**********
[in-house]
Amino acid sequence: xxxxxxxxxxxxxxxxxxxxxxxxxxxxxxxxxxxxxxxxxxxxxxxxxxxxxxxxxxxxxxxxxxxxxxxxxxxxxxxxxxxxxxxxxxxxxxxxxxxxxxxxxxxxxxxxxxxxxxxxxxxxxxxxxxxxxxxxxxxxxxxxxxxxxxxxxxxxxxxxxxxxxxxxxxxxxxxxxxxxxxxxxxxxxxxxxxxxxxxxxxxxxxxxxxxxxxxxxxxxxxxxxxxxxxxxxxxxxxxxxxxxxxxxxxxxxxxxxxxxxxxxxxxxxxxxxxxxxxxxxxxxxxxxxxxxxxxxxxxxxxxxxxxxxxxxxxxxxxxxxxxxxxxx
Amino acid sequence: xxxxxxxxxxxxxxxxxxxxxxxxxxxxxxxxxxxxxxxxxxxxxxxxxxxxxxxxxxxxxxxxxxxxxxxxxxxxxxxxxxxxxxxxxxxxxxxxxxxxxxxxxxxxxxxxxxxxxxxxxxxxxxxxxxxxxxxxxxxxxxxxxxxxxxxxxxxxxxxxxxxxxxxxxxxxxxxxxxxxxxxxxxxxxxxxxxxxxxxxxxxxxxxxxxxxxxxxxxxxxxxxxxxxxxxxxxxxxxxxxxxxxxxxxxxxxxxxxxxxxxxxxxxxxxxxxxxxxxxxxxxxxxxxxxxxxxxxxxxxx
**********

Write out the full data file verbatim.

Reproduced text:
[in-house]
Amino acid sequence: xxxxxxxxxxxxxxxxxxxxxxxxxxxxxxxxxxxxxxxxxxxxxxxxxxxxxxxxxxxxxxxxxxxxxxxxxxxxxxxxxxxxxxxxxxxxxxxxxxxxxxxxxxxxxxxxxxxxxxxxxxxxxxxxxxxxxxxxxxxxxxxxxxxxxxxxxxxxxxxxxxxxxxxxxxxxxxxxxxxxxxxxxxxxxxxxxxxxxxxxxxxxxxxxxxxxxxxxxxxxxxxxxxxxxxxxxxxxxxxxxxxxxxxxxxxxxxxxxxxxxxxxxxxxxxxxxxxxxxxxxxxxxxxxxxxxxxxxxxxxxxxxxxxxxxxxxxxxxxxxxxxxxxxx
Amino acid sequence: xxxxxxxxxxxxxxxxxxxxxxxxxxxxxxxxxxxxxxxxxxxxxxxxxxxxxxxxxxxxxxxxxxxxxxxxxxxxxxxxxxxxxxxxxxxxxxxxxxxxxxxxxxxxxxxxxxxxxxxxxxxxxxxxxxxxxxxxxxxxxxxxxxxxxxxxxxxxxxxxxxxxxxxxxxxxxxxxxxxxxxxxxxxxxxxxxxxxxxxxxxxxxxxxxxxxxxxxxxxxxxxxxxxxxxxxxxxxxxxxxxxxxxxxxxxxxxxxxxxxxxxxxxxxxxxxxxxxxxxxxxxxxxxxxxxxxxxxxxxxx